Sunday, March 27, 2022

Some Spring Sightings at Herrontown Woods

There's been lots of activity at Herrontown Woods over the past few weeks as nature begins to stir.

At last week's Sunday morning workday at the Barden (Botanical ARt garDEN), some middleschoolers really enjoyed picking the seeds of wild senna that had stayed on the stalks through the winter. This Sunday, we'll cut last year's stalks to make way for new growth.

Herrontown Woods caretaker Andrew Thornton discovered a bloodroot flower blooming just off the trail. Bloodroots and the very rare hepatica are early bloomers. March 20 for the bloodroot, which leads with the flower before generating a leaf.

Anyone who looks skyward at the Barden may see willow blossoms--one of the "keepers" we found amidst all the invasive shrubs cleared to create the Barden. The blooms of willows and red maples are an important food source for early stirring bees.

On warm, wet nights, salamanders navigate through the leaves to reach vernal pools to lay eggs for the next generation. Vernal means spring, as in vernal equinox.
Vernal pools are also the place for wood frogs to mate and lay eggs. Thanks to Lisa Boulanger, who took these two beautiful photos three weeks ago.
We first noticed our black vulture had returned on March 15. A pair of them raise their young each year in the corncrib near the Veblen Cottage. We used to think they were bad omens, but have gained respect for them as parents and for their ecological role in the community. 
Someone's been busy over the winter building a village in a little out of the way spot in Herrontown Woods. It appears to have avenues, skyscrapers, and some bricks that may represent schools or a hospital. Maybe it's a fort, given its walls. 

Coincidentally, public library staff are talking about doing a reading of the children's book Roxaboxen at the Barden in a month or two.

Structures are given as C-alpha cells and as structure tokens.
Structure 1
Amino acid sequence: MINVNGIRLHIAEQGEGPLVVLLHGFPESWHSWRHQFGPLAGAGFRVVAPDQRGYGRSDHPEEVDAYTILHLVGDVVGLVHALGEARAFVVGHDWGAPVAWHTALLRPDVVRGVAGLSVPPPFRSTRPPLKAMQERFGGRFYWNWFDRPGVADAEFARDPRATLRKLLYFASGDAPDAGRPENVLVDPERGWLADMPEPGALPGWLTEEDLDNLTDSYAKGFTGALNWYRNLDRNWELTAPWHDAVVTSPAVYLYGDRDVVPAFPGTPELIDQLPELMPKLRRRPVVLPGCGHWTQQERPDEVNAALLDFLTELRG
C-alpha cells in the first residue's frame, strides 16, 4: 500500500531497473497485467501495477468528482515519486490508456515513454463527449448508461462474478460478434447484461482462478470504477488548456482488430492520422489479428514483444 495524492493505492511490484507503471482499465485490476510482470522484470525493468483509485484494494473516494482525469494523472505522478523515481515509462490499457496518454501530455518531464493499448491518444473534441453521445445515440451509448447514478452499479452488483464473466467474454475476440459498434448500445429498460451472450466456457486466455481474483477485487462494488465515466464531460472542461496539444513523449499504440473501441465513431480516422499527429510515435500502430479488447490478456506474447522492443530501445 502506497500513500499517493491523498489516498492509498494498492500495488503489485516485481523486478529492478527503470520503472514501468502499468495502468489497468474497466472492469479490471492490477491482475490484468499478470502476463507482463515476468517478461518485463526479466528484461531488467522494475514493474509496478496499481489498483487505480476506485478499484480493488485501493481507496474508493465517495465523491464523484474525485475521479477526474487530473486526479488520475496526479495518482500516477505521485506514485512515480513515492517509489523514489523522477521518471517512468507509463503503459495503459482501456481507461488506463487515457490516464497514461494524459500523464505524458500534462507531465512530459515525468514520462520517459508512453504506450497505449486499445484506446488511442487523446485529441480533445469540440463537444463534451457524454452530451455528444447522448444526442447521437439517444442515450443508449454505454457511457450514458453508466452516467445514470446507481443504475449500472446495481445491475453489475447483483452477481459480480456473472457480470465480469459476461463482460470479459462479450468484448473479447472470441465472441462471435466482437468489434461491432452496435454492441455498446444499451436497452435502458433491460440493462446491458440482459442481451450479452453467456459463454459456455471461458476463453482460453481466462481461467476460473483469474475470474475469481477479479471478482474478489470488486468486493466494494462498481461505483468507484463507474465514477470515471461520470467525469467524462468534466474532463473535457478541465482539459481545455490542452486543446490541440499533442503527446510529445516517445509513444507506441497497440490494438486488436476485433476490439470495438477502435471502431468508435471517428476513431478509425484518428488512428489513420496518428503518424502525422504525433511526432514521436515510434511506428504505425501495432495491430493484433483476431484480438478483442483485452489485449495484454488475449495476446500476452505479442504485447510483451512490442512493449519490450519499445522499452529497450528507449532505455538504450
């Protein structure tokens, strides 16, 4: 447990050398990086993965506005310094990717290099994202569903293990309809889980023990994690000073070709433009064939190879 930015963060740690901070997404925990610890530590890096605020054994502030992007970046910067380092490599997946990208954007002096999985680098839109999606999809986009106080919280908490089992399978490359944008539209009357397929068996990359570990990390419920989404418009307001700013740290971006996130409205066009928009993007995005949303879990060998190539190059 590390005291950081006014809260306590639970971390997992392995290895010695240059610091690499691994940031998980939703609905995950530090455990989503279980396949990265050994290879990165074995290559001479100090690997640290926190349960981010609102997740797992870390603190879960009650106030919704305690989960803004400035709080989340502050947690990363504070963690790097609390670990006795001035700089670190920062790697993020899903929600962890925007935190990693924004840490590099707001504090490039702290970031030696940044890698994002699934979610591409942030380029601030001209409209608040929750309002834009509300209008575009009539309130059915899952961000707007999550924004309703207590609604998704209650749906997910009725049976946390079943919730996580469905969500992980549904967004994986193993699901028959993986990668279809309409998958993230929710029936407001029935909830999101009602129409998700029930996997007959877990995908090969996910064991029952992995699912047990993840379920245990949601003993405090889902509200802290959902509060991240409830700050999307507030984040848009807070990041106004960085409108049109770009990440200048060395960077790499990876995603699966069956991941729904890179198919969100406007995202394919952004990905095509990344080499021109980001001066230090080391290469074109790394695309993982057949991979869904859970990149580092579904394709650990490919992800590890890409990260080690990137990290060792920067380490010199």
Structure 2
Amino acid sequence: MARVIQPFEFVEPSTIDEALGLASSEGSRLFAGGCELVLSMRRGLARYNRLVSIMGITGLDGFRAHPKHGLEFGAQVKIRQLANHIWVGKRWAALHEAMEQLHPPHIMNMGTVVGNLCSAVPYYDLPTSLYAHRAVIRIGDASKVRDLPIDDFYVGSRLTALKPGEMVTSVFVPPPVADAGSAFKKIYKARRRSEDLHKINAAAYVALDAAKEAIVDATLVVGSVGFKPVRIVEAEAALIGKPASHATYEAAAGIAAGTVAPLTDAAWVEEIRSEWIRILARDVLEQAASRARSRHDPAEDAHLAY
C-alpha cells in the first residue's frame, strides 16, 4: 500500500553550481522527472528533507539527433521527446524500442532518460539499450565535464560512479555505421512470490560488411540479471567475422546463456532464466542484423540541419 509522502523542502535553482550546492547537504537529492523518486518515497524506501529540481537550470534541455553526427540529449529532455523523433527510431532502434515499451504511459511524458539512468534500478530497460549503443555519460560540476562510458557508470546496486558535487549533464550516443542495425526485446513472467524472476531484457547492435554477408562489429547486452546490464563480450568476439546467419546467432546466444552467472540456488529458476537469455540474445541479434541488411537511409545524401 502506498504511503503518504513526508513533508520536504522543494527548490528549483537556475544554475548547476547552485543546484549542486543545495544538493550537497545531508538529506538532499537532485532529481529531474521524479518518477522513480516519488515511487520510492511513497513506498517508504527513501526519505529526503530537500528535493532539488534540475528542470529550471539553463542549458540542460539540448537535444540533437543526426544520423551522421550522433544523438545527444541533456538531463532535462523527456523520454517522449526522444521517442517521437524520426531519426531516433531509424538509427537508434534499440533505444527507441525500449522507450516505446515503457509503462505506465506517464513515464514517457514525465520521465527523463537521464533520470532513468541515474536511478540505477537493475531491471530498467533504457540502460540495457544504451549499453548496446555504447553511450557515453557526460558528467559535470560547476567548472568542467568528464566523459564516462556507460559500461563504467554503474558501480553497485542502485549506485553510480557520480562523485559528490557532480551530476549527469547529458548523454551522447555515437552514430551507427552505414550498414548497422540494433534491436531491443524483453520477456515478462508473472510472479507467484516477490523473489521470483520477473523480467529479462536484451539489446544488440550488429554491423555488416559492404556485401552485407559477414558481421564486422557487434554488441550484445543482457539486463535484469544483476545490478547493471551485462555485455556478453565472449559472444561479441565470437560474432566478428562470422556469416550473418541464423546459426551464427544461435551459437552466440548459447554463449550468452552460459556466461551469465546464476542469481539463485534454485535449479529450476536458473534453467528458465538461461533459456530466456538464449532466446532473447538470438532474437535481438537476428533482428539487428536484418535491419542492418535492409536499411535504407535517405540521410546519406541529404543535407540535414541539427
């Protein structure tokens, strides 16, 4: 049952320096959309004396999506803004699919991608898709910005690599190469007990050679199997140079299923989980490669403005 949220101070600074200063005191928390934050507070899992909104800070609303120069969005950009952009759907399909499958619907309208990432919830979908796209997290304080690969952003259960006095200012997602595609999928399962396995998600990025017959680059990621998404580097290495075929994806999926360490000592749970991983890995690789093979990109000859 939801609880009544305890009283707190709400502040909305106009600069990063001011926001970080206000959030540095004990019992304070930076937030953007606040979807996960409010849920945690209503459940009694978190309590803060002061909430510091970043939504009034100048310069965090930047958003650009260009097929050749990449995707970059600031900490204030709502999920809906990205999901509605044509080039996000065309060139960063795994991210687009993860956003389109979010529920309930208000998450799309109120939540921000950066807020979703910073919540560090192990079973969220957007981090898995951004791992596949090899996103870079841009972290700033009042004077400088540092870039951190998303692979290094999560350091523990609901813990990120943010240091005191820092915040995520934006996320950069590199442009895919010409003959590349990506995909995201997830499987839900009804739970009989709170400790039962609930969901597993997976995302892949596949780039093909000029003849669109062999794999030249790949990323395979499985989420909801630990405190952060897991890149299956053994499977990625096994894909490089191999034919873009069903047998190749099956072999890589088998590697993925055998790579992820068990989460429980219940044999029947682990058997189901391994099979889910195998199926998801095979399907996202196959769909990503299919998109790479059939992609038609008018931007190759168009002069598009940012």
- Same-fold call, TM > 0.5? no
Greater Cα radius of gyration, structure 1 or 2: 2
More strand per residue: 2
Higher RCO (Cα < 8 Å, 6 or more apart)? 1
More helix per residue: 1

The boulders along the ridge are rounded, composed of diabase, which in my experience is associated with rare plant species that thrive in the particular kind of soil generated from the weathering of these rocks. The boulders were not deposited here by glaciers, but instead formed from molten upwellings from below. 
In Herrontown Woods and Autumn Hill Reservation there are numerous little abandoned quarries where some of the larger boulders were split into chunks and hauled away. 

Springtime is a great time to figure out where we need more stepping stones along trails. Because the rocks along the ridge are chunky and rounded--of no use for steps through muddy sections of trails--we make frequent trips to rock piles generated nearby, just off the ridge, where a developer has dug a basement. These conveniently flat stones are from the sedimentary deposits that the molten upwellings pushed through to create the ridge. 

One plant that doesn't look like much but which I've always been curious about is what is this low-growing grass. I call it soft fescue, and wonder if it was common long ago, and later became the first lawns around houses. Many old lawns still contain this mounded grass. Here's a patch of it growing along Herrontown Road.
At Veblen House, the remnants of Elizabeth Veblen's garden still cycle through the seasons, with sweeps of snowbells giving way this week to the many daffodils she spread across the grounds.


1 comment:

  1. It's nice to read of the black vultures. We saw one a few years ago atop the chimney. It faced us and spread its wings wide, posing for several minutes. If only I'd had my telephoto lens with me!
    You have a fine set of pictures from 2017 in the link at "gained respect for them as parents" above.